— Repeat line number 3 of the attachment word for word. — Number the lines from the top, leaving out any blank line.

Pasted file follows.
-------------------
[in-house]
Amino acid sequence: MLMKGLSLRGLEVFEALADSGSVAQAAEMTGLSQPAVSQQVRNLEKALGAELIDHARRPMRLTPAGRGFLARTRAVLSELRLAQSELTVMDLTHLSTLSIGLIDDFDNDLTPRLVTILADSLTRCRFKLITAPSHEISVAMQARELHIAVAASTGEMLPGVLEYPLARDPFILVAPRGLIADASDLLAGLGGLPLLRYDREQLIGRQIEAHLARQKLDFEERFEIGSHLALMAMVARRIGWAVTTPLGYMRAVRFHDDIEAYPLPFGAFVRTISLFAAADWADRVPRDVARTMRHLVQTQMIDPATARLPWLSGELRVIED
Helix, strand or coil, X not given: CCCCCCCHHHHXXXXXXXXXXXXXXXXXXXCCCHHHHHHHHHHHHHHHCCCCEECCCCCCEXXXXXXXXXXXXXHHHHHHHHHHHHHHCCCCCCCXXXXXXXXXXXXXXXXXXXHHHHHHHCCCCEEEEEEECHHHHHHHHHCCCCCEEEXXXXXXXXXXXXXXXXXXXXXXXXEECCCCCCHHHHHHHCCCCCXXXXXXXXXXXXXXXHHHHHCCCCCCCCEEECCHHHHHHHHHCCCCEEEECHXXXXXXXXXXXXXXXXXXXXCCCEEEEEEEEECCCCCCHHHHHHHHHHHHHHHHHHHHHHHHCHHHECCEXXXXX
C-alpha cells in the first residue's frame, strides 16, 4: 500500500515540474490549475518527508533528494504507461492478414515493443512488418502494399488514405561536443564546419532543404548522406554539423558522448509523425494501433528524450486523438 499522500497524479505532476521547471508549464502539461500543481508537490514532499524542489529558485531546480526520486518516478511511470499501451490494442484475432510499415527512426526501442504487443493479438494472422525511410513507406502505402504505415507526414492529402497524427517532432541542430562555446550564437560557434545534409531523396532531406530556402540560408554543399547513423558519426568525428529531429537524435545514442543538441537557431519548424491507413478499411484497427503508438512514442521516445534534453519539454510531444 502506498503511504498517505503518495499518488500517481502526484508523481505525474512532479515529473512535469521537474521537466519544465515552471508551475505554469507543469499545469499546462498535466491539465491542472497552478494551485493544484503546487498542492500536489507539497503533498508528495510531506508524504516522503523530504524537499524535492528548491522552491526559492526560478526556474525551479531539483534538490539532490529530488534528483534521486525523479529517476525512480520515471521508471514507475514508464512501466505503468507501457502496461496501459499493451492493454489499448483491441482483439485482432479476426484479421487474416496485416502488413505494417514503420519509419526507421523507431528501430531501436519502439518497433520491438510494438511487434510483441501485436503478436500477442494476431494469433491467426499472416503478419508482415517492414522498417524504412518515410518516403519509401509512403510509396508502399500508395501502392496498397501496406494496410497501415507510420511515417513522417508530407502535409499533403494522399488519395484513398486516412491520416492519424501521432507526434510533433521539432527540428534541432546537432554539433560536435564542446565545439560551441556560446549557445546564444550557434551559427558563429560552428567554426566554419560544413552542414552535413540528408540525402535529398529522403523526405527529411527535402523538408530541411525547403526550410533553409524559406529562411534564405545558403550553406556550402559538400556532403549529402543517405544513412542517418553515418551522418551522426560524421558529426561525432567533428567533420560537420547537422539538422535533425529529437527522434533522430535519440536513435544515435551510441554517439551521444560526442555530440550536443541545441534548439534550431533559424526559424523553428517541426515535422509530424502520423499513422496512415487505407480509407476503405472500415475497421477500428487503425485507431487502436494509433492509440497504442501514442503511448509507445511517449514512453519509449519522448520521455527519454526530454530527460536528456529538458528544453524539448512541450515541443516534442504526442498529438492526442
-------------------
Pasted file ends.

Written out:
Helix, strand or coil, X not given: CCCCCCCHHHHXXXXXXXXXXXXXXXXXXXCCCHHHHHHHHHHHHHHHCCCCEECCCCCCEXXXXXXXXXXXXXHHHHHHHHHHHHHHCCCCCCCXXXXXXXXXXXXXXXXXXXHHHHHHHCCCCEEEEEEECHHHHHHHHHCCCCCEEEXXXXXXXXXXXXXXXXXXXXXXXXEECCCCCCHHHHHHHCCCCCXXXXXXXXXXXXXXXHHHHHCCCCCCCCEEECCHHHHHHHHHCCCCEEEECHXXXXXXXXXXXXXXXXXXXXCCCEEEEEEEEECCCCCCHHHHHHHHHHHHHHHHHHHHHHHHCHHHECCEXXXXX